How do I change someone’s mind?

Welcome to Pressing Questions, Fast Company’s mini-advice column. Every week, deputy editor Kathleen Davis, host of The New Way We Work podcast, will answer the biggest and most pressing workplace questions.

Q: How do I change someone’s mind?

A: This is a billion-dollar question that companies, politicians, and spouses the world over want to answer. And I hate to break it to you, but if you want to convince someone to change their thinking by calmly laying out your argument with evidence and logic, it won’t work. 

The part of the brain that responds to logic is responsible for only about 5-10% of our judgments. The rest of our thinking happens in a part of our brains that deal with impulse (good old fight or flight). Humans don’t respond well to coercion. So, our instinct to argue our way to agreement is the opposite of what works. What actually changes someone’s mind? Giving them a sense of autonomy. Experts say the best way to do that is to make people feel like they have a choice.

Or as civic engagement expert Peter Block says: “The yes of another person means nothing if they don’t have the ability to say no. There can be no commitment if there is no choice.”

Parents know all about giving guided choices (instead of “We’re late; we need to leave,” it’s “do you want to put your shoes or coat on first?”) Believe me, it doesn’t always work. But it can be more effective in workplace contexts: People are more likely to follow through with something if they feel they have some control over the process.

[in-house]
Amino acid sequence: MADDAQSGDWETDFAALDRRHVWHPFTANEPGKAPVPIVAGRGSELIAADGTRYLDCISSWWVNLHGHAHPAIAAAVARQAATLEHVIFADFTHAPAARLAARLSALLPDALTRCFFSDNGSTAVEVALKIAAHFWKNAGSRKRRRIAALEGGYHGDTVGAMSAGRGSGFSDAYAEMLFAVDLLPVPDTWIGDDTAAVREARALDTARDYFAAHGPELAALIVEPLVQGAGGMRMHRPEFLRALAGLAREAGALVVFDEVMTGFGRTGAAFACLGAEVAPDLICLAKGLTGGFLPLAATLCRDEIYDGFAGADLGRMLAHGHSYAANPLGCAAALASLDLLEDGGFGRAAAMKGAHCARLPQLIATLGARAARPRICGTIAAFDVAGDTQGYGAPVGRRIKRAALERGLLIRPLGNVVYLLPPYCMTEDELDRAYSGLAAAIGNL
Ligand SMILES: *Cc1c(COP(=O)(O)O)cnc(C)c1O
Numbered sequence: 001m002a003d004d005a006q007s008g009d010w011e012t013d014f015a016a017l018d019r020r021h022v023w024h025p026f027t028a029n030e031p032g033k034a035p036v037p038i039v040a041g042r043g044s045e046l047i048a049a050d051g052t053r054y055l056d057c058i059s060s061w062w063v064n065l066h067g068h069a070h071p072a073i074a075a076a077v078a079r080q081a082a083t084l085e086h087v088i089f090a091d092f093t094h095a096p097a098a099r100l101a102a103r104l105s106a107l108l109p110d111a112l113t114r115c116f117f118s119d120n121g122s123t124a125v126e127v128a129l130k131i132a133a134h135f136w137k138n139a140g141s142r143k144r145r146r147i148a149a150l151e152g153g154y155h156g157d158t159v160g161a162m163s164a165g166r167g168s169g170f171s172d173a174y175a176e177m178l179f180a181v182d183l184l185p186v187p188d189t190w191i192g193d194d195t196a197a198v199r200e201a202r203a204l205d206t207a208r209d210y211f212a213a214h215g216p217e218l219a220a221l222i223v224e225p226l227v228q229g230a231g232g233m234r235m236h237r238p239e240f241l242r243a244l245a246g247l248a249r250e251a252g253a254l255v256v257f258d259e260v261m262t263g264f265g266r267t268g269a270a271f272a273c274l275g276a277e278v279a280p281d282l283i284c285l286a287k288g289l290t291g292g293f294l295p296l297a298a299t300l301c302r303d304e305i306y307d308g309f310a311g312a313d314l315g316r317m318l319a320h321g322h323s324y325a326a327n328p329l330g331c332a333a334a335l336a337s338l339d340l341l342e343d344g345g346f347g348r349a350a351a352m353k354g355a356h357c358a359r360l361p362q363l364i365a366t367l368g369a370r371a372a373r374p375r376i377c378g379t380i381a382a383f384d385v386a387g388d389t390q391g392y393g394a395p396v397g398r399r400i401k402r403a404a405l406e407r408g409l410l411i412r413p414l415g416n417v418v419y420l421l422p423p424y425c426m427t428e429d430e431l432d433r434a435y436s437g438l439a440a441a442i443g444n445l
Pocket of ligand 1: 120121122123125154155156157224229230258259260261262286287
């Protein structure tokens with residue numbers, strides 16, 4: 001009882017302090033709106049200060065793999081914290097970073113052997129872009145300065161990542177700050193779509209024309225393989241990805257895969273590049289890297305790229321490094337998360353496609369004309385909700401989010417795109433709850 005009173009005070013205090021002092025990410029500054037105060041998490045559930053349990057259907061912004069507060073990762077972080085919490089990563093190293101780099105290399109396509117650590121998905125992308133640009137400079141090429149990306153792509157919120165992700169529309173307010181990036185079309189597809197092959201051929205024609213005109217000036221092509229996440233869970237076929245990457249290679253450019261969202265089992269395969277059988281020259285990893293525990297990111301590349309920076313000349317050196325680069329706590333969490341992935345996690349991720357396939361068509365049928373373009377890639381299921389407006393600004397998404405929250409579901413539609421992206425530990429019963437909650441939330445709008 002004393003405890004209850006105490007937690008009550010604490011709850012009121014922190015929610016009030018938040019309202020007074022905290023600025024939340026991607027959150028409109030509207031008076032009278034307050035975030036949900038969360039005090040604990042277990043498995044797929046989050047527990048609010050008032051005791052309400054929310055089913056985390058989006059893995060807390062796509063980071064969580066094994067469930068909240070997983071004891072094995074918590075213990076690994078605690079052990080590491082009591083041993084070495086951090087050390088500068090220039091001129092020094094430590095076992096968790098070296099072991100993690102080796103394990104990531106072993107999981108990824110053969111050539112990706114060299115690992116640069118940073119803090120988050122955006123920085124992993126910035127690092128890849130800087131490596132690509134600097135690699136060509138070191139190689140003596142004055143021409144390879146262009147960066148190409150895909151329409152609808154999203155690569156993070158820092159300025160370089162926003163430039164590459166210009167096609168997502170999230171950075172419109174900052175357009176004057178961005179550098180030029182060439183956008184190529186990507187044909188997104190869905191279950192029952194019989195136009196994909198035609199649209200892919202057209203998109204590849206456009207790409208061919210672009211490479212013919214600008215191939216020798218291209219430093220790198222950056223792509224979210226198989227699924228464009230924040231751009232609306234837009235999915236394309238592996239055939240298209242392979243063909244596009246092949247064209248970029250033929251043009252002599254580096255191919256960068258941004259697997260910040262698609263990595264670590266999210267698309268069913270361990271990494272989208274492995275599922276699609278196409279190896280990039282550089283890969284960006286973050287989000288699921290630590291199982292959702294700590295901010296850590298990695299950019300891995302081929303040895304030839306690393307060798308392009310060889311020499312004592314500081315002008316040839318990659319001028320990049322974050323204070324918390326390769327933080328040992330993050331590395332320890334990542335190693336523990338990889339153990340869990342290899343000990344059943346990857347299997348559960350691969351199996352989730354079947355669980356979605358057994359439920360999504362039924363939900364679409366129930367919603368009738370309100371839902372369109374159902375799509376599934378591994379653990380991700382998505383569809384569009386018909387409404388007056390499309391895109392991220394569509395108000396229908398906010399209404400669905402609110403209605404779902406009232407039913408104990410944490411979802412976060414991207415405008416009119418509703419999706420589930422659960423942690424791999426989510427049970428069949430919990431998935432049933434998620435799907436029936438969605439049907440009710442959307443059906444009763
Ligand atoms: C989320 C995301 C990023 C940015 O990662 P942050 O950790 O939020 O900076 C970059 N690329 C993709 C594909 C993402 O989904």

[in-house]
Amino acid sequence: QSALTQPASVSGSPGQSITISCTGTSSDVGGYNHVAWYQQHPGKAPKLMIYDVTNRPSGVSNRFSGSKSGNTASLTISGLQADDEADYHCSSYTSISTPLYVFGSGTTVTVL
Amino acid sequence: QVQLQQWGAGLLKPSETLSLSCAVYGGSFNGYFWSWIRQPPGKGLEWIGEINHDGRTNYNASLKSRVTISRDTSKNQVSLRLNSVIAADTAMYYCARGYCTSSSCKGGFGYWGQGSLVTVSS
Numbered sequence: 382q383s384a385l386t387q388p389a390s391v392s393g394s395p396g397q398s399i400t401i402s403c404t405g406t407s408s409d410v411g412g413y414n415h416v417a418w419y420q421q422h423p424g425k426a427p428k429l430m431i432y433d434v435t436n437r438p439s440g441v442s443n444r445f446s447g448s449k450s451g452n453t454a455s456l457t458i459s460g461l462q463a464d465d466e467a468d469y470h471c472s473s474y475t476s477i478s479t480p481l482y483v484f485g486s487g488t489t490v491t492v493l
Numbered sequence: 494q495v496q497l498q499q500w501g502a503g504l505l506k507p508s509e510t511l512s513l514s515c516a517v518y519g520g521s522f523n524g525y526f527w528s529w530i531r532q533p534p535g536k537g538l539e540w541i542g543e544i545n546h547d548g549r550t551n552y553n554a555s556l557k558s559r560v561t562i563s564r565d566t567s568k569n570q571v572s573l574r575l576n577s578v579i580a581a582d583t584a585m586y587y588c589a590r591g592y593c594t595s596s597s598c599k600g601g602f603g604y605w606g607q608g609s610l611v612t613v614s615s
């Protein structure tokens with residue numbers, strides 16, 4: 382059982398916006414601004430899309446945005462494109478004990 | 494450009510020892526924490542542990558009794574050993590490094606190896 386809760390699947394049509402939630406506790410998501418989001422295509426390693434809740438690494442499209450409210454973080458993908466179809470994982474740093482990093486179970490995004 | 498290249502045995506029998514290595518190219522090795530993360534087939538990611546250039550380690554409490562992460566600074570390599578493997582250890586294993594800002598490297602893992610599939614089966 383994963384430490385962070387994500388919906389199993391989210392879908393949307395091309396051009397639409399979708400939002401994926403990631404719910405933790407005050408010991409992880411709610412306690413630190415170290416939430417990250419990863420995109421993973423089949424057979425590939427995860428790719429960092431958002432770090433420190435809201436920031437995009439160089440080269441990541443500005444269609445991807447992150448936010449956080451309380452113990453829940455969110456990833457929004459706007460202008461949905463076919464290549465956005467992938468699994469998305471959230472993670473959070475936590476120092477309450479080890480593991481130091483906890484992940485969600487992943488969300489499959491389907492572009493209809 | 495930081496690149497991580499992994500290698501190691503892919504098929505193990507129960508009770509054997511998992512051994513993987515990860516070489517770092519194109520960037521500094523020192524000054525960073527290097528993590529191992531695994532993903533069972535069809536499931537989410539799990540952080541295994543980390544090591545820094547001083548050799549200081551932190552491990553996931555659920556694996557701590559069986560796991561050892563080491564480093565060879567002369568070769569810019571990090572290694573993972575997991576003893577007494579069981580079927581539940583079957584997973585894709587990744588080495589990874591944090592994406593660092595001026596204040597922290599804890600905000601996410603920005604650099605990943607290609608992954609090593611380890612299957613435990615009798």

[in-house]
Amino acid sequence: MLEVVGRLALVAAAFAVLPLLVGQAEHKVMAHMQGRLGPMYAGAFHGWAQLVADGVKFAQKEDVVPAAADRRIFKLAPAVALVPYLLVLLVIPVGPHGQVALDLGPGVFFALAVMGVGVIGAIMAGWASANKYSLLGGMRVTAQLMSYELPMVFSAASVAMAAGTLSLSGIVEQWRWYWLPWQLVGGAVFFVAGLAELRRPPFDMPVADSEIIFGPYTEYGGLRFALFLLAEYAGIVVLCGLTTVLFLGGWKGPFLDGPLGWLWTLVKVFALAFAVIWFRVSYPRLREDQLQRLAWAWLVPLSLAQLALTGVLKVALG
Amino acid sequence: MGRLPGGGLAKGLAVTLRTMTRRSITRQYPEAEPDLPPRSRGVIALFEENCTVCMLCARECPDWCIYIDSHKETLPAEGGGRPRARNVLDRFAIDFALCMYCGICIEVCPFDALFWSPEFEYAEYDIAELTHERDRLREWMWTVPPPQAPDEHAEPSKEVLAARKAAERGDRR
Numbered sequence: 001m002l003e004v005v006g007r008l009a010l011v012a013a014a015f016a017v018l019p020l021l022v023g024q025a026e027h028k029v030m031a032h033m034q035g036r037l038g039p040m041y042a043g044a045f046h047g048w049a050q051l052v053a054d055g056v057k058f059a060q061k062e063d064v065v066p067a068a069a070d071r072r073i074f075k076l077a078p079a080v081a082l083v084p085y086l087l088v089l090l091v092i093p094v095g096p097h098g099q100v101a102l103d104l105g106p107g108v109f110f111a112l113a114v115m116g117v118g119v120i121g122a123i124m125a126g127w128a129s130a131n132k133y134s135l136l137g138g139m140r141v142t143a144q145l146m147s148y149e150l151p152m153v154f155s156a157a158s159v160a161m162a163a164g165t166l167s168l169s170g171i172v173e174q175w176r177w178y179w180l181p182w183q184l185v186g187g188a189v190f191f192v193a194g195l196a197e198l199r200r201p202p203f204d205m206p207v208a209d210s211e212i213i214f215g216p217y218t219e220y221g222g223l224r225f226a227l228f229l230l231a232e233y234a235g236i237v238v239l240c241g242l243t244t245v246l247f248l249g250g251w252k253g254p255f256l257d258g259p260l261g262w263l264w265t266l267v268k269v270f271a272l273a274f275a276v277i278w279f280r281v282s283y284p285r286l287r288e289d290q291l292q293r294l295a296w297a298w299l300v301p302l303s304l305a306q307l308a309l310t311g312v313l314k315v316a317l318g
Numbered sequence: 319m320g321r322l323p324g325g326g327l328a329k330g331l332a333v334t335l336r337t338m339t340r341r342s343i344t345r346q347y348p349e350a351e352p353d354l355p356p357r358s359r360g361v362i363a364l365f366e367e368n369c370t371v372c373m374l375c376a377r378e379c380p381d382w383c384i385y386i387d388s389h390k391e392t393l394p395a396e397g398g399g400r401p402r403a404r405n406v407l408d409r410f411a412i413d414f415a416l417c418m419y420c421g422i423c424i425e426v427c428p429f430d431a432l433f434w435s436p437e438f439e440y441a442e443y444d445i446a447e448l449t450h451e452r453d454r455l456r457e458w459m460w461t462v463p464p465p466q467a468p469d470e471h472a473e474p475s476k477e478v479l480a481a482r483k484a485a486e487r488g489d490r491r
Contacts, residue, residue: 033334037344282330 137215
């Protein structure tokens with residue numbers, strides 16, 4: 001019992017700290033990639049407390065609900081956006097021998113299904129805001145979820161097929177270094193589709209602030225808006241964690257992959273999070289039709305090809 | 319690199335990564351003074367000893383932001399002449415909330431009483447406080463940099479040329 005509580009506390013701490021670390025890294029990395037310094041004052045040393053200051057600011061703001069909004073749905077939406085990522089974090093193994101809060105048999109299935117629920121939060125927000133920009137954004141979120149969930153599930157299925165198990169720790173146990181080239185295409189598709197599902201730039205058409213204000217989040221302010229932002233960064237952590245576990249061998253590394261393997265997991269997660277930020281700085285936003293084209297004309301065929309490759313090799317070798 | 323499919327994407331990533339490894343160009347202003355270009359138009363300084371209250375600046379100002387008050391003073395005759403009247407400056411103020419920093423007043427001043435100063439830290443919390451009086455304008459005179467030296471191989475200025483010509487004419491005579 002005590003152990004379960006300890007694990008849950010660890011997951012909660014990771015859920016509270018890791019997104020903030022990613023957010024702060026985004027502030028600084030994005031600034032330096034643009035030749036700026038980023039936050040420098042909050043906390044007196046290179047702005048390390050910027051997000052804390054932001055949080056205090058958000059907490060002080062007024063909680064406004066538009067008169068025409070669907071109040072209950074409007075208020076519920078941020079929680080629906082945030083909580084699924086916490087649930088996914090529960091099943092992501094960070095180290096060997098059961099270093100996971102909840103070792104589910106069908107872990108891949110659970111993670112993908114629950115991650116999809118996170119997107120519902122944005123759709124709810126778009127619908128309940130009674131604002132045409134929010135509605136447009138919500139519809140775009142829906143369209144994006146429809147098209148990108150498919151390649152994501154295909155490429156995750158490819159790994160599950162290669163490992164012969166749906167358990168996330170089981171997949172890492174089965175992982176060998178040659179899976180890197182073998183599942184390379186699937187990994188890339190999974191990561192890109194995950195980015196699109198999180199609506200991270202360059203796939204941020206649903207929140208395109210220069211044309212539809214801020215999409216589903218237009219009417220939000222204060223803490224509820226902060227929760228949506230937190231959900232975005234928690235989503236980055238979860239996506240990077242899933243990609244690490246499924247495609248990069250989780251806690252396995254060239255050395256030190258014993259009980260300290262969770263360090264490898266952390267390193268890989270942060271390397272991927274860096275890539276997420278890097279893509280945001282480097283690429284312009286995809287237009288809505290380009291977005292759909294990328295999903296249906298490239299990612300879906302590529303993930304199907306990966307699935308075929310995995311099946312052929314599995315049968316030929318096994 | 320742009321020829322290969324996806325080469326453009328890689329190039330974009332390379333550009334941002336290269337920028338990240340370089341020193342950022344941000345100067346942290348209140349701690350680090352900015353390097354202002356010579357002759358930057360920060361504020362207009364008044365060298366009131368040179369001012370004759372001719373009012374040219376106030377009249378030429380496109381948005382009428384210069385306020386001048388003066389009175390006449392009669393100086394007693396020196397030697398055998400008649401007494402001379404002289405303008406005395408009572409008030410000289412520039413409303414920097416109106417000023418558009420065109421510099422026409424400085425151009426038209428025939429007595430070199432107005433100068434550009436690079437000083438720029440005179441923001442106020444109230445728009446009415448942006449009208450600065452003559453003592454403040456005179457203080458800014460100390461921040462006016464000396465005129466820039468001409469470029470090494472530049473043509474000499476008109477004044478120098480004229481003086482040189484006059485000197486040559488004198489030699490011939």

If it’s less about getting someone to do something and more about changing someone’s thinking, it can be effective to lead the person along in stages, to help them to better understand their own thinking. Author David McRaney says: “Persuasion is mostly encouraging people to realize change is possible. All persuasion is self-persuasion. People change or refuse based on their own desires, motivations, and internal counterarguing; and by focusing on these factors, an argument becomes more likely to change minds.”

A good way to help lead people along is to approach them with empathy and ask genuine clarifying questions, rather than explaining your views. It’s not easy and not always successful but it will likely get your further than anything else you’ve tried.

Good luck! 

Want more detailed advice? Here you go:
5 simple strategies for changing anyone’s mind
How psychology can help you change someone’s mind
How to change someone’s mind, according to science
Trying to change someone’s mind is hopeless—do this instead
Want to actually change someone’s mind on social media? Do this
This is the right way to challenge someone’s thinking